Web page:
For the first time in school history, the Yale Bulldogs won college hockey's national championship by beating Quinnipiac, 4-0, at the Consol Energy Center in Pittsburgh, Pa. on Saturday night.
Yale's Clinton Bourbonais scored the game's first goal, and then he came up big with an assist to Charles Orzetti on the second goal. There was no looking back for Yale as goalie Jeff Malcolm was outstanding all night—he finished with 35 saves on 35 shots.
This was a hard-fought and entertaining game that featured some brilliant goalkeeping by two teams that were supremely familiar with each other.
This was the third meeting between these two Eastern Collegiate Athletic Conference rivals, who are separated by less than 10 miles.
Quinnipiac dominated this rivalry this year, having won all three previous meetings by at least three goals.
However, in two of those games, Yale was forced to play without Malcolm, and he provided Yale with a huge boost in this game.
Malcolm came up big time and again—especially early—as he helped turn the Bobcats away in penalty kills.
This was vital for Yale, as it wasn't having any success of its own in penalty situations.
Quinnipiac had the top penalty kill in the nation, and it killed several penalties in this one as Yale failed to capitalize on its penalty advantages.
In fact, in the second period, both teams had a stretch with a 5-on-3 advantage.
Then, with just 3.5 seconds left in the second, Bourbonais found the game's first goal when he beat Hartzell through the five-hole.
You could almost feel the wind leave the Bobcats' sails with that goal, and when Orzetti found the back of the net with just 3:35 gone in the third, those sails went completely limp.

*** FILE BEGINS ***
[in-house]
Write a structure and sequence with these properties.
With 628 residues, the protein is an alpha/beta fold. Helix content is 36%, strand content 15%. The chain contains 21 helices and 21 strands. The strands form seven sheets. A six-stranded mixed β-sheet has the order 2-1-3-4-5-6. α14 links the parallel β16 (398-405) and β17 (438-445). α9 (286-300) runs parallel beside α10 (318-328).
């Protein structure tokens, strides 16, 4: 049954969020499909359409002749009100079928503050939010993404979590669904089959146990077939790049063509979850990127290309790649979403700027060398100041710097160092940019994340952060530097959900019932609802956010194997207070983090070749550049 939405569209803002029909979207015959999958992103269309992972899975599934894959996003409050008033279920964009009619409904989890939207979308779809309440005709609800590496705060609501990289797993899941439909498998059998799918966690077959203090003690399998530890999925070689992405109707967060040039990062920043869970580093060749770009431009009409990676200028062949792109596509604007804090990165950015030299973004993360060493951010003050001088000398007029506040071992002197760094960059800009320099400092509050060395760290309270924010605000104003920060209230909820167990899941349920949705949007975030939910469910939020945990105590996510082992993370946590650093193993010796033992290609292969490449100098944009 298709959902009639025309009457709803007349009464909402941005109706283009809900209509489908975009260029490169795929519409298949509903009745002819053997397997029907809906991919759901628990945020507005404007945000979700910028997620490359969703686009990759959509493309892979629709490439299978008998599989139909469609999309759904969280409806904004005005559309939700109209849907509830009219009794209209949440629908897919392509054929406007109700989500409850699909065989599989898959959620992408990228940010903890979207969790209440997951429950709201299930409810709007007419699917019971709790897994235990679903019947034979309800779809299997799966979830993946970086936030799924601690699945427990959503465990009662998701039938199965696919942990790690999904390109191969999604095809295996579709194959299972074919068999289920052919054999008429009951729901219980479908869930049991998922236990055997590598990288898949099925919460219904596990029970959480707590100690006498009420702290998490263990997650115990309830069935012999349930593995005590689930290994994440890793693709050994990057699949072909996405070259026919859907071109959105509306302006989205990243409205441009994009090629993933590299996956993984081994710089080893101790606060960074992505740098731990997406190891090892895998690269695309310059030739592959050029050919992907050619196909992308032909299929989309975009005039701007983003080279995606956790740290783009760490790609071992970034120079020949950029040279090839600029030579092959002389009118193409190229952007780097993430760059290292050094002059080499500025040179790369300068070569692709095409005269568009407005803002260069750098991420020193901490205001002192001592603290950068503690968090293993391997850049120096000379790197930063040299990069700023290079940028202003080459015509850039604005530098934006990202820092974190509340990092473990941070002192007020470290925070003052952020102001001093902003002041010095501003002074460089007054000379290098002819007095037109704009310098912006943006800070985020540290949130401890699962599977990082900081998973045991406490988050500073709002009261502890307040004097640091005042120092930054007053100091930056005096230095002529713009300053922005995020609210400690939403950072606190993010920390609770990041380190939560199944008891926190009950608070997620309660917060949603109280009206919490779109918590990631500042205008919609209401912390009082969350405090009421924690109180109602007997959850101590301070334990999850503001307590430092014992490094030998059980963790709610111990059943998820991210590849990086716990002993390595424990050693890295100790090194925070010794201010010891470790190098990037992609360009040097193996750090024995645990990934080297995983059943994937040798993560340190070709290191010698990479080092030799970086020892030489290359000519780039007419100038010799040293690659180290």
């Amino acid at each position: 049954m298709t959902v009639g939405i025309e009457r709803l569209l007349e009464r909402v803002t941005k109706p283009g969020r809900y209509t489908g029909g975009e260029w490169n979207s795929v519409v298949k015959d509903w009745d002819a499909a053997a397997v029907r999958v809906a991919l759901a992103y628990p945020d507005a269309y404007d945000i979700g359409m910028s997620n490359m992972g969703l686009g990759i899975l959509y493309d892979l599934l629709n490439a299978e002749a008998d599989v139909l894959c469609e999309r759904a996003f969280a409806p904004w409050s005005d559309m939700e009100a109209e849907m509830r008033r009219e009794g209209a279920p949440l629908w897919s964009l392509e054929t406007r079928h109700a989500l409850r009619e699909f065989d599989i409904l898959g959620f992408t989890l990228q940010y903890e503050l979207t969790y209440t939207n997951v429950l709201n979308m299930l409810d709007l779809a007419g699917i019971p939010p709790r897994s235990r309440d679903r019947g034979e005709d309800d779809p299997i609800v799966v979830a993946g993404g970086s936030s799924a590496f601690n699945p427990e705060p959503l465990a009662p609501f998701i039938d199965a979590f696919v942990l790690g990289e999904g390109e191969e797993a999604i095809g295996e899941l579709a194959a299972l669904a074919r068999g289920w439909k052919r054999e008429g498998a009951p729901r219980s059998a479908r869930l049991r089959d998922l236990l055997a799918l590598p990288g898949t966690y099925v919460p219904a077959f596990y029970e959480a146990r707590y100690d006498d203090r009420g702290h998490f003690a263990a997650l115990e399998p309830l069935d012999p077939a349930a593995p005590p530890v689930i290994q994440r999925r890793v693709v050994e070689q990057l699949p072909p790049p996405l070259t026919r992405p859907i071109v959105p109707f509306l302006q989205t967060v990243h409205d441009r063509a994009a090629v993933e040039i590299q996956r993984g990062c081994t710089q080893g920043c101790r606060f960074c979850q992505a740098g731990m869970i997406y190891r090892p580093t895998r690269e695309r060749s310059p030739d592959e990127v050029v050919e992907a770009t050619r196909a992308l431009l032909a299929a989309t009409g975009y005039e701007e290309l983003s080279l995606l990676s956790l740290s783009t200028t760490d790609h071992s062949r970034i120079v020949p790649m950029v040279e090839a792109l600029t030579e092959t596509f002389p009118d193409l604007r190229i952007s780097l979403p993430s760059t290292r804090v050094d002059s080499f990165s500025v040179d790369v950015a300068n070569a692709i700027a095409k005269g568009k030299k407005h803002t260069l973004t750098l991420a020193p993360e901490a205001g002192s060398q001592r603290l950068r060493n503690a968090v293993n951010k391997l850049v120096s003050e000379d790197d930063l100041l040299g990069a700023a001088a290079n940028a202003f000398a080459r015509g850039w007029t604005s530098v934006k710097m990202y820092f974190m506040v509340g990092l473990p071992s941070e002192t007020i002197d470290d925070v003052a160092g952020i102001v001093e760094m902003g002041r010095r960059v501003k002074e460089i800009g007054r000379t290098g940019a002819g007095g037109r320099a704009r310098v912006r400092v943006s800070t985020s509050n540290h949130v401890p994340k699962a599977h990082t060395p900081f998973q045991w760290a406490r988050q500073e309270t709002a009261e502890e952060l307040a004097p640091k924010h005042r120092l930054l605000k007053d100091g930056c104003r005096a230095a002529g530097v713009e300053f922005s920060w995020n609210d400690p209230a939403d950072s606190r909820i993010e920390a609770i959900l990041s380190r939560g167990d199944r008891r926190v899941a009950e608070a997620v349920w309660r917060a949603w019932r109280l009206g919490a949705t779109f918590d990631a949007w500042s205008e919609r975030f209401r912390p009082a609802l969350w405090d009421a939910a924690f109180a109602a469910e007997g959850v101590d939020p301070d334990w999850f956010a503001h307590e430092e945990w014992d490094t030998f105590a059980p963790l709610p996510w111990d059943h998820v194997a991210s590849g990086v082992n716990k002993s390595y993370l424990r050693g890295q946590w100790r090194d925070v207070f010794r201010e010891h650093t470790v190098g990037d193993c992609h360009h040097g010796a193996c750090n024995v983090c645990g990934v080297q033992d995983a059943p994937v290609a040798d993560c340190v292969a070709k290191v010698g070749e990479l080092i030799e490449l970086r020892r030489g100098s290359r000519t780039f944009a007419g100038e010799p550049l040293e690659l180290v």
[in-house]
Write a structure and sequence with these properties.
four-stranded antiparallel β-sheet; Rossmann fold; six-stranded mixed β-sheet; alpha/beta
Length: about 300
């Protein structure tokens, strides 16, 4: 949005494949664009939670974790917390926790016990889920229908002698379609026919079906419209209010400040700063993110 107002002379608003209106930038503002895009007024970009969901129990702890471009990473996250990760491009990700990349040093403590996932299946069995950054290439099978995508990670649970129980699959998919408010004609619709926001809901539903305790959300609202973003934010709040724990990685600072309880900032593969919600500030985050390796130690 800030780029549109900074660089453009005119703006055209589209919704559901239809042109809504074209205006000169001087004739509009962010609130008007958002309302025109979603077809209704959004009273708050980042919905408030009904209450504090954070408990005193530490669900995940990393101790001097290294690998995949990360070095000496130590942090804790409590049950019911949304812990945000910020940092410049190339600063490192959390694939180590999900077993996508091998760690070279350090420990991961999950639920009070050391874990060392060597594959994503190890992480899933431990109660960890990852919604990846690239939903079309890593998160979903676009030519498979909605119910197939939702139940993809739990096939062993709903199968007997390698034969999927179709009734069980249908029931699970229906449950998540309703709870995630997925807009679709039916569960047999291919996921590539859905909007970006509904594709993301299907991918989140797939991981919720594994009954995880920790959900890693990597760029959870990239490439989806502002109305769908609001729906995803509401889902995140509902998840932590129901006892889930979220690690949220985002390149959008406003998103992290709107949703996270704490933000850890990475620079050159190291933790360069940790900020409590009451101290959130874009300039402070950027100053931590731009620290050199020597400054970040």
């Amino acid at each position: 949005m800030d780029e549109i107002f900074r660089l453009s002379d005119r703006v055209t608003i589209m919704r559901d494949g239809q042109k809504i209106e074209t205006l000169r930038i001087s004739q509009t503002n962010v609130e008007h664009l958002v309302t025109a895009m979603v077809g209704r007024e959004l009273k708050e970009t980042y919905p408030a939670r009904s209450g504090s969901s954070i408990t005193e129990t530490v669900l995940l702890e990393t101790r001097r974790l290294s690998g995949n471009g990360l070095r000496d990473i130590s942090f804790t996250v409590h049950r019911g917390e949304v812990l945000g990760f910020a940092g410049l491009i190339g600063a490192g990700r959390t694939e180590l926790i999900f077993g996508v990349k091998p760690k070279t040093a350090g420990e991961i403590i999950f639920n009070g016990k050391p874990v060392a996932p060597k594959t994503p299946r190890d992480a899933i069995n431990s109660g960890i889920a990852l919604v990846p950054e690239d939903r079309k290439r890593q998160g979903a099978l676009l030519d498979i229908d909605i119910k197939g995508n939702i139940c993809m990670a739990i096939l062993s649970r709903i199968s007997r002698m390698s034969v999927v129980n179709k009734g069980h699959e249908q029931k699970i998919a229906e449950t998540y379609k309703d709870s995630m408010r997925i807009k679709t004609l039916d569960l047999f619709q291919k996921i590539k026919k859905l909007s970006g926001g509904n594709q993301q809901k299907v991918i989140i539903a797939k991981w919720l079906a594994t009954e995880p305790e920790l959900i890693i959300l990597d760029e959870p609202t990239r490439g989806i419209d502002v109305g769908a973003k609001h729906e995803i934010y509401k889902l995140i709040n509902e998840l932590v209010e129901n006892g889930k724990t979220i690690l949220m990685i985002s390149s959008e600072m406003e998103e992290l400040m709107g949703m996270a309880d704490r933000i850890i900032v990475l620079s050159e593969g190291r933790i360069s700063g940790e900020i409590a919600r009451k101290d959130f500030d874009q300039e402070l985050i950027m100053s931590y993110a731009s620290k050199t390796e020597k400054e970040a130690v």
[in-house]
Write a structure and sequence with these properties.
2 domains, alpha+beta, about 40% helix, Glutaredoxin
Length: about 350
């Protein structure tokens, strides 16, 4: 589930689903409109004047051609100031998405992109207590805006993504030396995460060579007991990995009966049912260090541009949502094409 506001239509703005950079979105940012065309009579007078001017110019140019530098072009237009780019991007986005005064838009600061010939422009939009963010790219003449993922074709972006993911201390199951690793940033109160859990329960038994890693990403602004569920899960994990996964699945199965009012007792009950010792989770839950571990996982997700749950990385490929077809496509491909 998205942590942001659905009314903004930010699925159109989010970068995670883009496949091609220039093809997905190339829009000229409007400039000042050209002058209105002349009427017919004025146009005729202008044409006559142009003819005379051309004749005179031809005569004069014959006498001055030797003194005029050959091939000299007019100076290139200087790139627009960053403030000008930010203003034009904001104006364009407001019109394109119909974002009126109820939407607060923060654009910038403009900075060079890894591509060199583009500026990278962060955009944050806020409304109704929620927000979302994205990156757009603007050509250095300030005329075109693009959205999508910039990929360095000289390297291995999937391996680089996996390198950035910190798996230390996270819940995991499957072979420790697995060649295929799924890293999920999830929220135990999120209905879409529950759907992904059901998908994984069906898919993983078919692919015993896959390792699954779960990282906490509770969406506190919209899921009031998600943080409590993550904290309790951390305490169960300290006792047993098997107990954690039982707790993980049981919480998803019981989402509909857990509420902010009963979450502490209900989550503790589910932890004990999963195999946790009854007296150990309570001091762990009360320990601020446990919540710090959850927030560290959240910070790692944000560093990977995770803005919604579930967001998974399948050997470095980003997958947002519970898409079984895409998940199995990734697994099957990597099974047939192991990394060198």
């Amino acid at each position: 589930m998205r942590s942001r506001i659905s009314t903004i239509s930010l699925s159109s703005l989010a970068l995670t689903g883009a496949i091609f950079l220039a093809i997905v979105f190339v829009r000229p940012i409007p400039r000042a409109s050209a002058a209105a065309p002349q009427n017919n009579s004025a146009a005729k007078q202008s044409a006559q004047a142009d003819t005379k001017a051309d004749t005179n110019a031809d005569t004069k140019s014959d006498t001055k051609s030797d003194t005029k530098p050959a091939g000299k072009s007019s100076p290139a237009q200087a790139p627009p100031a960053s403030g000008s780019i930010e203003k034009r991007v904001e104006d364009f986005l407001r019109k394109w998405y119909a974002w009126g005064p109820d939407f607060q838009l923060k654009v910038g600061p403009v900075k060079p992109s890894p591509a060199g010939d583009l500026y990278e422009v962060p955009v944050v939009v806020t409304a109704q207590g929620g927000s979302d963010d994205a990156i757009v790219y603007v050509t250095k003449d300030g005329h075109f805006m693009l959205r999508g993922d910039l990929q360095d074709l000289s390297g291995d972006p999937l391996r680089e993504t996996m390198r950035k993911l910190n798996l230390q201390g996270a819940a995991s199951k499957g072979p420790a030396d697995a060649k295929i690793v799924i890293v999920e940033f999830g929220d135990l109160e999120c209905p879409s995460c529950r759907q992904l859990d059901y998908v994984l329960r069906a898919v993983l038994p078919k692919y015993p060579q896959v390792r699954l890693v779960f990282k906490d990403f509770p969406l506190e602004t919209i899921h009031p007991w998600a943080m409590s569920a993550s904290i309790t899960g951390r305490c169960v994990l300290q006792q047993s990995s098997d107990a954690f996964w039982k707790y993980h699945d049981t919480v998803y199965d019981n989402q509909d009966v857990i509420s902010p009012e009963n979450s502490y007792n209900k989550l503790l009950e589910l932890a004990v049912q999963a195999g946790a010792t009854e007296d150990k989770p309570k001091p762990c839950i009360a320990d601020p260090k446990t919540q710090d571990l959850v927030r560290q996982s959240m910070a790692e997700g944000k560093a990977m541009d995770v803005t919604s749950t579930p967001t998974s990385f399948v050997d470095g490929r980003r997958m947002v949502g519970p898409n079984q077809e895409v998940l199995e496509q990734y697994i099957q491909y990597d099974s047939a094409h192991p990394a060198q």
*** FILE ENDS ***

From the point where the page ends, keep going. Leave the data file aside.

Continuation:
Yale was in full control at this point, and Quinnipiac was having a hard time mounting any challenges.
This led to a breakaway by Yale's Andrew Miller, and once again, Hartzell was victimized through the five-hole.
The Bobcats pulled their goalie not long after that goal, and that opened up an easy goal for Jesse Root to make it 4-0.
This caps off an improbable run for Yale. The Bulldogs barely qualified for the tourney and played a series of thrillers as they needed two overtime wins to advance to the championship game.
Yale won this championship with the second-lowest winning percentage of any champ.
This proves it's all about getting hot at the right time, and I don't think anyone on this magical team, or in the fanbase, will feel that winning percentage cheapened the experience.
Jeff Malcolm: A
Malcolm was outstanding in this game and this tournament. He had a stretch with several key saves in the second period that really helped his team gain momentum.
Clinton Bourbonais: A
When Yale needed an offensive boost, Bourbonais was there to deliver. He broke the scoreless stalemate and made a nice play to pick up an assist on the second goal.
Eric Hartzell: C-
This was not Eric Hartzell's finest game. He made some nice saves early, but he wilted late as the game slipped from his team's hands. Of course, so did his defense, which didn't help him out.
Considering Hartzell allowed just a 1.53 goals-against average with a save percentage of .934 for the season, this is a supremely disappointing performance.
In this game, he wound up with 27 saves on 30 shots.
Jeremy Langlois: B
Jeremy Langlois has been a prolific goal scorer in his time with Quinnipiac. While he was active and fired seven shots, obviously, none of those shots got past Malcolm.
His team needed a goal to get past Malcolm to earn some momentum, and Langlois could not deliver.